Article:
The “menu” of options approved by legislators includes more backyard cottages, duplexes, triplexes everywhere and apartments near transit.
Seattle’s affordable housing shortage gets a lot of airtime, but the city isn’t alone in having one.
It’s an issue just about every state legislator is hearing about from their constituents, said Rep. Joe Fitzgibbon, D-Seattle.
“We have a pretty serious housing crisis in the state,” he explained. “It’s most acute in the central Puget Sound region. But as we talked about housing this session, we also heard about housing shortages even in rural parts of the state.”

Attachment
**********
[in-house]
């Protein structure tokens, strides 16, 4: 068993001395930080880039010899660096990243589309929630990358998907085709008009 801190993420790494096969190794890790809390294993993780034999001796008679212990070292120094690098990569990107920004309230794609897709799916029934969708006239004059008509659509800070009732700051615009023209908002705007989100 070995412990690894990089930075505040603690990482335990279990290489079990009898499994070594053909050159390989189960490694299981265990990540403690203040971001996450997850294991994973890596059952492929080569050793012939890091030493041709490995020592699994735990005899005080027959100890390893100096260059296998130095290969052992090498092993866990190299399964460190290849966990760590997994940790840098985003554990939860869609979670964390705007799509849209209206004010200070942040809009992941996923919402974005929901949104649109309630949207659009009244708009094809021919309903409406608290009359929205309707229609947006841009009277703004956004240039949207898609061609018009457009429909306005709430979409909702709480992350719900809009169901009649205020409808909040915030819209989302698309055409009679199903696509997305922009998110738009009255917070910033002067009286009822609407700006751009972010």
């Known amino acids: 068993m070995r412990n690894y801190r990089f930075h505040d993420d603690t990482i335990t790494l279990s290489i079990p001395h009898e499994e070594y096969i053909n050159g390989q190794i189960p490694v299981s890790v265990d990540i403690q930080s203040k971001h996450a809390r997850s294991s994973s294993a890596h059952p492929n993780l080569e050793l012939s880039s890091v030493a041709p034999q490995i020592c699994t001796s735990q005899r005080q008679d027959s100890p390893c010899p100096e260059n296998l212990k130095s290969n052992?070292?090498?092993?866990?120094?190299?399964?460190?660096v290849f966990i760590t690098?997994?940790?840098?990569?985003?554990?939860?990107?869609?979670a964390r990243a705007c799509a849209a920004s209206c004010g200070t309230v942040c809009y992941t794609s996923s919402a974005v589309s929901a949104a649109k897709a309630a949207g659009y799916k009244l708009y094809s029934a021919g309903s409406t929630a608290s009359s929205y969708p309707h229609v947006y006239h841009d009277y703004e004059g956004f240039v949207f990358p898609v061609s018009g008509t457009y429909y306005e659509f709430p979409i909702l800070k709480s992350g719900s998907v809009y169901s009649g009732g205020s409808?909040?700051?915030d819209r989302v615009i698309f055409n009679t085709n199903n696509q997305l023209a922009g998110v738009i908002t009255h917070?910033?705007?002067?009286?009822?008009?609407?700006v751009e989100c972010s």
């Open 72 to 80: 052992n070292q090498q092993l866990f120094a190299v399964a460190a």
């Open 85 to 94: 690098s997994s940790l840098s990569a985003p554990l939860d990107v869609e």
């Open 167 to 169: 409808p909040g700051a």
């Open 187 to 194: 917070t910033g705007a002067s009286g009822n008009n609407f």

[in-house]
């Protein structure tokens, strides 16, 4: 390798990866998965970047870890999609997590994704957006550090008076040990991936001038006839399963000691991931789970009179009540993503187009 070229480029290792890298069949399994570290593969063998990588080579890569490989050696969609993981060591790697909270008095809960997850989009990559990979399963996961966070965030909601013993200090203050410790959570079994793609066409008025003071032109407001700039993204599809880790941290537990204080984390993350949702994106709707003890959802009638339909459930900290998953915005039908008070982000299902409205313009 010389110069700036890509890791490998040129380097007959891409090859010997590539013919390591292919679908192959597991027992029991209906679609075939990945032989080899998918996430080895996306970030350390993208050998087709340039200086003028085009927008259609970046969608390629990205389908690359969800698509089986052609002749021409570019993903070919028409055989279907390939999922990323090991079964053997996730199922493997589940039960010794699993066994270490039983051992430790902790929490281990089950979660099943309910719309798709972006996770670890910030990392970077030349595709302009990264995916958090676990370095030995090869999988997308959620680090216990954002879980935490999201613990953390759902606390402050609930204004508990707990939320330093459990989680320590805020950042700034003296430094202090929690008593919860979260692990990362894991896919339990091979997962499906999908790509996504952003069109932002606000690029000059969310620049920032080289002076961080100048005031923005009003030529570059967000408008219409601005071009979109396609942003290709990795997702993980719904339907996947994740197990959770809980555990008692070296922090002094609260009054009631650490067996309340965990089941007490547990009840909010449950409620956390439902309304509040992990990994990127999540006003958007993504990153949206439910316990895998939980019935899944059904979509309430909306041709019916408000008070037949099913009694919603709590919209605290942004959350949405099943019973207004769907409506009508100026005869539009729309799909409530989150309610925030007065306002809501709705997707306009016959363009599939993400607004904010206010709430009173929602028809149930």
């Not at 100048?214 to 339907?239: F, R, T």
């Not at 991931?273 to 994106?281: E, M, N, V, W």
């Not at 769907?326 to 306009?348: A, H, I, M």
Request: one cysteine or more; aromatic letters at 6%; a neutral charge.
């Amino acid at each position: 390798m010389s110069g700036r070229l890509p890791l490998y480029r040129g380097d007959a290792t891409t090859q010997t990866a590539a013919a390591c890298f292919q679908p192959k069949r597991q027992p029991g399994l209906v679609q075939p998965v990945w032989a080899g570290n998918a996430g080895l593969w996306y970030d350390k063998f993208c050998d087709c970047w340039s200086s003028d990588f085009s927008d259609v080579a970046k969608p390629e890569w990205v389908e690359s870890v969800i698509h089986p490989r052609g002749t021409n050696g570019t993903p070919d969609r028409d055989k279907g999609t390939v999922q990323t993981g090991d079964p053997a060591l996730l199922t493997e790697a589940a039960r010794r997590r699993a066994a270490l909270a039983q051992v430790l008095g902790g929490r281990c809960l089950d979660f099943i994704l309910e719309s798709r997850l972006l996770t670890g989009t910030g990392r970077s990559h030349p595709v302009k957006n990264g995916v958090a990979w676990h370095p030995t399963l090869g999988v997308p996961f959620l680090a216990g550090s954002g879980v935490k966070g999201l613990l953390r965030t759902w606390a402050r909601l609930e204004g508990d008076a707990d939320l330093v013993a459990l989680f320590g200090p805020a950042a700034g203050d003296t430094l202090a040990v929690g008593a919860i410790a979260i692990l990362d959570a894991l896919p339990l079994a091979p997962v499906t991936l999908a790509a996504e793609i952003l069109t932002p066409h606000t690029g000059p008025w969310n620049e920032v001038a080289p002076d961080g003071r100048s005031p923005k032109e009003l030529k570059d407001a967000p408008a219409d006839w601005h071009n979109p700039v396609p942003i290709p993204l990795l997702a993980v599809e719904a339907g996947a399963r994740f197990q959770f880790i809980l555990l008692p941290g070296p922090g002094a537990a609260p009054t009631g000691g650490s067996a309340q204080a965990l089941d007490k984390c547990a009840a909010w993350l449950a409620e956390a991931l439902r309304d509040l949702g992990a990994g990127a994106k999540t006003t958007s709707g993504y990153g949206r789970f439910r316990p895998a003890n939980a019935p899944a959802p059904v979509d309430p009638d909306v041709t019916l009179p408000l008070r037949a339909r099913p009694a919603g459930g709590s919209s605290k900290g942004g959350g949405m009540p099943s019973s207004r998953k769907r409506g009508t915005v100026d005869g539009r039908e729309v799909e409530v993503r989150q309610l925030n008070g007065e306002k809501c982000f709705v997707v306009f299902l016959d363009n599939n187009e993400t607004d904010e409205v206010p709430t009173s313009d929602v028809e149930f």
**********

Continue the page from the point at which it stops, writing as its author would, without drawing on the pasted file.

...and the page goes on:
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The numbers back up Fitzgibbon’s claim. According to a recent report from the National Low Income Housing Coalition, 43 percent of Washington households earning 50 to 80 percent of their area’s median income are cost burdened, meaning they pay more than a third of their income towards rent. The less money a household earns, the more drastic the problem, with 83 percent of households earning less than 50 of percent median income considered cost burdened. Some 74 percent of renters earning less than 30 percent of median income are considered severely cost burdened, paying more than 50 percent of their income on rent. Even for those making a middle-class income between 80 and 100 percent of the median, there is not enough rental housing that costs a third or less of monthly earnings.